The revised Data Protection Act (DPA) in Switzerland is set to come into effect on September 1, 2023. The aim of the new law is to ensure that Switzerland maintains an adequate level of data protection according to the European Union (EU) standards, enabling the transfer of personal data across borders without additional measures. This article explores the key changes brought by the new DPA, with a focus on data anonymization, and compares it to the EU’s General Data Protection Regulation (GDPR).
What Remains the Same
Switzerland’s liberal data protection principles remain in place under the new DPA. Unlike the GDPR, where data processing is initially prohibited and requires specific justifications, Switzerland generally permits the processing of personal data and only requires justification in exceptional cases. The general processing principles, including transparency, purpose limitation, and proportionality, continue to be upheld. Additionally, the principles of “Privacy by Design” and “Privacy by Default” have been introduced, emphasizing the importance of incorporating privacy measures from the outset.
The new DPA extends the obligation to inform individuals about data processing, encompassing all data collection. Existing privacy notices must be reviewed and updated to meet the new requirements. While the catalog of minimum disclosures is not as extensive as the GDPR’s, it importantly includes specifying recipient countries of cross-border data transfers, which poses practical challenges.
Data Subject Rights:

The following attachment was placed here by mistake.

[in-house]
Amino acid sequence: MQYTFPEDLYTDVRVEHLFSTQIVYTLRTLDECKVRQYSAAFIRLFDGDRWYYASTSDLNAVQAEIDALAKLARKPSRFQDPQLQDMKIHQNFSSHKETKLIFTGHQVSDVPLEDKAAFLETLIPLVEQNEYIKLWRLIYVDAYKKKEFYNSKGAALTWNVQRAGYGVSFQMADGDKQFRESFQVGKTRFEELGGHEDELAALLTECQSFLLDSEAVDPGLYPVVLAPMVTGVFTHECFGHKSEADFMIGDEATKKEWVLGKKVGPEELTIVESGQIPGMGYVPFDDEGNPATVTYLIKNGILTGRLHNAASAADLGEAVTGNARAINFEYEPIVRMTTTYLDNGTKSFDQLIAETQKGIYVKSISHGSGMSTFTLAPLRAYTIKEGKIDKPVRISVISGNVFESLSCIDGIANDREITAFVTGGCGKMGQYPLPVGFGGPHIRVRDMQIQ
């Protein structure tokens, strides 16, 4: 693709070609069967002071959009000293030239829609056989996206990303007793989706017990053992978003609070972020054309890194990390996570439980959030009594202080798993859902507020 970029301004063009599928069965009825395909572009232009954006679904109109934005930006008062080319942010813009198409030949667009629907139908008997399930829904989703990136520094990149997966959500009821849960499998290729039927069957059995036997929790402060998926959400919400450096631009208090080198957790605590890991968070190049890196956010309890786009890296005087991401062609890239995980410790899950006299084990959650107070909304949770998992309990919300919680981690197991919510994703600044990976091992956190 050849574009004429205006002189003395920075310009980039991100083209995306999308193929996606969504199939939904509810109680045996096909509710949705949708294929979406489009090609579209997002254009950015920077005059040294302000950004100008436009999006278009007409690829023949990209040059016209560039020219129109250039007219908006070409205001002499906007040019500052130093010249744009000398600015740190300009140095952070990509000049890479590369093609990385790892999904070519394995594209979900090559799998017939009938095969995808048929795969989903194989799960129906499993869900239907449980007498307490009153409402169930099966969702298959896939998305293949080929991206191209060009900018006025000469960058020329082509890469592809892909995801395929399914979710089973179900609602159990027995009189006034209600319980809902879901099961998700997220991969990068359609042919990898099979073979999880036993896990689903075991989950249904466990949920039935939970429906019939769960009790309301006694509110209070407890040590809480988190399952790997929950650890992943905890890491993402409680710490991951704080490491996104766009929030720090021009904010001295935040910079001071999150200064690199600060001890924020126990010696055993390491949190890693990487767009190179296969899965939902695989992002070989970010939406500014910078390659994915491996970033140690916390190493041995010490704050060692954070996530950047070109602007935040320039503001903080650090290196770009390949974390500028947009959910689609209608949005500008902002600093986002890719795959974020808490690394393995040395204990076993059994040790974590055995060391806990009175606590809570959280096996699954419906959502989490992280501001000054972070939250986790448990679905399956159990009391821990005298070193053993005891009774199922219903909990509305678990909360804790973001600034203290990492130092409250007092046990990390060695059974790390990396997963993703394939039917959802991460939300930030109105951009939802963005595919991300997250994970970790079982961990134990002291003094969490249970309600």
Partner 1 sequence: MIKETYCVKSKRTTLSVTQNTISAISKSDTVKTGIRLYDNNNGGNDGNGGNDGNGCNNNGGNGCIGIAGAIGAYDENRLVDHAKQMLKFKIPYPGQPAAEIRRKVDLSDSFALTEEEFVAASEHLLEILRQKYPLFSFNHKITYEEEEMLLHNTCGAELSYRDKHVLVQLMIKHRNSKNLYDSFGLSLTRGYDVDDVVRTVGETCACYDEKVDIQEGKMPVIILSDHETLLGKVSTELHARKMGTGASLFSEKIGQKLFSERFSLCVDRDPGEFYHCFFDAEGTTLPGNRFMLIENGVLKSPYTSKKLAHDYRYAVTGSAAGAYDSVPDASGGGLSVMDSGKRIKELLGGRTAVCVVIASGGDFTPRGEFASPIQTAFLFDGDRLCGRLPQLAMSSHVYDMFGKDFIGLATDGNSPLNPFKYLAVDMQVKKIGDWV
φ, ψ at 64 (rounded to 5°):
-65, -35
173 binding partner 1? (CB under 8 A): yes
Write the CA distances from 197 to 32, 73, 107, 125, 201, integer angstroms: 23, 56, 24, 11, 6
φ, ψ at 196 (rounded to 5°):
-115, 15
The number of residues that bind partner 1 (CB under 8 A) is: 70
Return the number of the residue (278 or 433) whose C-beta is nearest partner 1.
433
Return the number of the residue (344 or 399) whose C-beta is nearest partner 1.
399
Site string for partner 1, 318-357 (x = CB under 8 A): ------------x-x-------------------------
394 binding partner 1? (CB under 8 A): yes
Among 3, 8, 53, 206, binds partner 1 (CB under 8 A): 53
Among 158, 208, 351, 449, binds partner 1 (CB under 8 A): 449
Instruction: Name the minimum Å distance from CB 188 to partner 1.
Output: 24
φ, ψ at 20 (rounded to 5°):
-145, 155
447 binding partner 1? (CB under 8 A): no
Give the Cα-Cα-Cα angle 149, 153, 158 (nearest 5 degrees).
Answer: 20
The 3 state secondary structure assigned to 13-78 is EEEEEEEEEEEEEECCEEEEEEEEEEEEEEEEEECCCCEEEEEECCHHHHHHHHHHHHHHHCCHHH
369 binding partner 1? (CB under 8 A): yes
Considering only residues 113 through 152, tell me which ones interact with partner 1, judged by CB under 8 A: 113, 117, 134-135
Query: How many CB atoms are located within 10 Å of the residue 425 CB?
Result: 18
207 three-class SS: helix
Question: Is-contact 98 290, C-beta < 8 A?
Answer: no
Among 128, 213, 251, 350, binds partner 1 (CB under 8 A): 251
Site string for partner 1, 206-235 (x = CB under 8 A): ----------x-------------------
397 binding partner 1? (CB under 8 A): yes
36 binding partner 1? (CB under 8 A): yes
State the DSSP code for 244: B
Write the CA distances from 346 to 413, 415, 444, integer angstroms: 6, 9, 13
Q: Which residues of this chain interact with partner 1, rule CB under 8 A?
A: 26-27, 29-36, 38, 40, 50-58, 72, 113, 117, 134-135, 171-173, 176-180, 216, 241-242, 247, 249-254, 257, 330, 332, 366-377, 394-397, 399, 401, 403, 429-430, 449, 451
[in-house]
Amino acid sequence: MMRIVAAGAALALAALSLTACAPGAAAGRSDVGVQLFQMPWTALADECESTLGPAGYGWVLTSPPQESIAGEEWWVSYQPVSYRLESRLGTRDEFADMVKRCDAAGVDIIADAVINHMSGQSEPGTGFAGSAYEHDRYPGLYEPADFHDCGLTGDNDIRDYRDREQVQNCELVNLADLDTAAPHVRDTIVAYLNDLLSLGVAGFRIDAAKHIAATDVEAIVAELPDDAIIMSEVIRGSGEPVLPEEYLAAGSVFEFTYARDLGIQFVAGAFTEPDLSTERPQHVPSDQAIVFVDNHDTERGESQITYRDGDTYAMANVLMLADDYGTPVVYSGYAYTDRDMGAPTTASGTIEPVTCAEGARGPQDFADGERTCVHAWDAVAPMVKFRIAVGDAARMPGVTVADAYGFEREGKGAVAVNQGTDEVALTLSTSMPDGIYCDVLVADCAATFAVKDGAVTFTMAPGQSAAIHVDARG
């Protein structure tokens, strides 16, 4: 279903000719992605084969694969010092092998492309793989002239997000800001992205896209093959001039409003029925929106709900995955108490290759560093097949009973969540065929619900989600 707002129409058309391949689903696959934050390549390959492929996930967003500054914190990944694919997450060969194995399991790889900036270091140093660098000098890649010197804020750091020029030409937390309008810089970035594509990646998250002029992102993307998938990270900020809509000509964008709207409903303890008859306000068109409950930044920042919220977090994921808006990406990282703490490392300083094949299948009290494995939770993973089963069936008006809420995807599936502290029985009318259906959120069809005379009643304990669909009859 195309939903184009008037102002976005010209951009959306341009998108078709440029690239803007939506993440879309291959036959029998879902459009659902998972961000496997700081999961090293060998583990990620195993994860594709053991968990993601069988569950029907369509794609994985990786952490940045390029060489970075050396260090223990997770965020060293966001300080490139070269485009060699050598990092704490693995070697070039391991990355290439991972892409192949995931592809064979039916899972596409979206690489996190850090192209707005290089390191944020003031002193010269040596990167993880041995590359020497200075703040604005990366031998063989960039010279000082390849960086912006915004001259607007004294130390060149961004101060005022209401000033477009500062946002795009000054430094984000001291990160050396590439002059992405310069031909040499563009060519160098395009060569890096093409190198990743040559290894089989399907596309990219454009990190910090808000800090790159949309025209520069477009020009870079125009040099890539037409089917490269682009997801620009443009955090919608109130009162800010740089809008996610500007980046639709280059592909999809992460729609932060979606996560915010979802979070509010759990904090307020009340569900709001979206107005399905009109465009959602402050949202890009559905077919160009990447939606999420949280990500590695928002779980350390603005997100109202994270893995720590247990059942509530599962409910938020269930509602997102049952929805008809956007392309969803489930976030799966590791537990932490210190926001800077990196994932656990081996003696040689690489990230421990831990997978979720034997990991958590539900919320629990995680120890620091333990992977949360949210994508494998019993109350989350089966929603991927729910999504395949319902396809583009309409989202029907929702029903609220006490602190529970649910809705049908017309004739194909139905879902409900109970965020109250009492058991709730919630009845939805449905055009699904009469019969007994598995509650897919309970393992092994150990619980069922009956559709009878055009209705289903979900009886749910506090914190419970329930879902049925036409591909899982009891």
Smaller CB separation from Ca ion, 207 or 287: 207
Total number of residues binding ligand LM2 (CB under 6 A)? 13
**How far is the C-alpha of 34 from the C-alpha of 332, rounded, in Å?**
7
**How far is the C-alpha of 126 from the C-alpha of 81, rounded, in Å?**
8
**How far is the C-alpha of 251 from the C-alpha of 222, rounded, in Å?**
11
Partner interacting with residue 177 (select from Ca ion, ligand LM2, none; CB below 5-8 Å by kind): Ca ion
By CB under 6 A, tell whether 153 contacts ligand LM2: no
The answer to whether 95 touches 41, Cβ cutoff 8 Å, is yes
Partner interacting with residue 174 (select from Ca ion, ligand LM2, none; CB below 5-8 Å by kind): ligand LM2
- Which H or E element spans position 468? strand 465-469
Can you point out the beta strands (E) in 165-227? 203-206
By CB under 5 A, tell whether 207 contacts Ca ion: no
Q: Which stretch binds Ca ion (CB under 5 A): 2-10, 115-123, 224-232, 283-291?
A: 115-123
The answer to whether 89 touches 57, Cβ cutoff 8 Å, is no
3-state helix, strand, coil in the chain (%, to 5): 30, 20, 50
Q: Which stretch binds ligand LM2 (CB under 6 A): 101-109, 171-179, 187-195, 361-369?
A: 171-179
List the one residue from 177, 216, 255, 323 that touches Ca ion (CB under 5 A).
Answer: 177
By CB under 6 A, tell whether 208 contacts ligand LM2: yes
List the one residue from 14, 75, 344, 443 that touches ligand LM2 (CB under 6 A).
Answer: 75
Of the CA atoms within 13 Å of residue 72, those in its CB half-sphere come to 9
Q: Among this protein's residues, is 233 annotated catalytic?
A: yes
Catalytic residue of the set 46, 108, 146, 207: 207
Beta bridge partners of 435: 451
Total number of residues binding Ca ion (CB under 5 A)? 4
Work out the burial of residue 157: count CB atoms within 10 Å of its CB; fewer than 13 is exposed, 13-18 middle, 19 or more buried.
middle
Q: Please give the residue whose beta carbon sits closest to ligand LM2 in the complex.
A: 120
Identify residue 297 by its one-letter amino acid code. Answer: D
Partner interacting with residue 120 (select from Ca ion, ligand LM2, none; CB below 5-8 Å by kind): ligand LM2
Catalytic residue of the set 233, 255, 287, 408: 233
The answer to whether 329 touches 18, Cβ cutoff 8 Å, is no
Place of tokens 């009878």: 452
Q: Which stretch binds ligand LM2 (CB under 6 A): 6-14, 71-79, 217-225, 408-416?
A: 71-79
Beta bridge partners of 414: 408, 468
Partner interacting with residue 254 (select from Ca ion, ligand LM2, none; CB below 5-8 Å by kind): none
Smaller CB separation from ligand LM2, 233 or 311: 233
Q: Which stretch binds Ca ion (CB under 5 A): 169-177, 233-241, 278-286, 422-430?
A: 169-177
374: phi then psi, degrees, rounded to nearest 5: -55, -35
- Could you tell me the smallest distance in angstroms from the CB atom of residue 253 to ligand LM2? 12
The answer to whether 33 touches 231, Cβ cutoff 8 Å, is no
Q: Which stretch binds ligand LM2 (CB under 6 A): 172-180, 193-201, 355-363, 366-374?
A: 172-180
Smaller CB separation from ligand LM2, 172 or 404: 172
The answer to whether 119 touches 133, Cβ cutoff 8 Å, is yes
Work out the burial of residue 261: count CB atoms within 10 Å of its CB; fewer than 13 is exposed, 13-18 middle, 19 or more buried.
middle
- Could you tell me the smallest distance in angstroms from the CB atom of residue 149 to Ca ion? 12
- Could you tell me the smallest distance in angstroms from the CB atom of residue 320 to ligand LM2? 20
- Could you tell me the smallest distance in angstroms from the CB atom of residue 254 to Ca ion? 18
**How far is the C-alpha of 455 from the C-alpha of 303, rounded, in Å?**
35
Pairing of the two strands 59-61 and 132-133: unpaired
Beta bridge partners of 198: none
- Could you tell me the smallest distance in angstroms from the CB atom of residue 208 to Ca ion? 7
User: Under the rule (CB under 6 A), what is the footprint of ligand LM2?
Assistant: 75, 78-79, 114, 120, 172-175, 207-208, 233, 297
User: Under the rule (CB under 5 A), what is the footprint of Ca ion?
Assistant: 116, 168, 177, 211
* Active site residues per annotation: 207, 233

The rights of data subjects will be extended in line with the GDPR, including the right of access, rectification, objection, deletion, and data portability. Requests must generally be processed within 30 days. Note that non-compliance with data subject rights may lead to criminal sanctions.
Similar to the GDPR, high-risk data processing now requires a data protection impact assessment, assessing risks to data subjects and defining mitigation measures. This assessment is particularly necessary for processing sensitive data, monitoring public areas, or engaging in intensive profiling activities. Transfer impact assessments are also mandatory when transferring personal data to countries with inadequate data protection levels.
Register of Processing Activities:
Companies are required to maintain a register of processing activities, systematically documenting all personal data processing, including purposes and data categories. Companies with fewer than 250 employees may be exempted if they do not engage in high-risk data processing.
Companies must implement data security measures proportionate to the risks posed to individuals by the processing of the information. The DPA also sets out defined minimum requirements. Notably, inadequate data security can again lead to criminal sanctions, necessitating increased investments in cybersecurity.
Failures of security measures and other data breaches that put personal data in jeopardy now require reporting to the Federal Data Protection and Information Commissioner (FDPIC) and potentially to affected individuals, if a certain threshold is met. In light of the threat of criminal sanctions for insufficient cybersecurity measures, this reporting obligation may be met with resistance.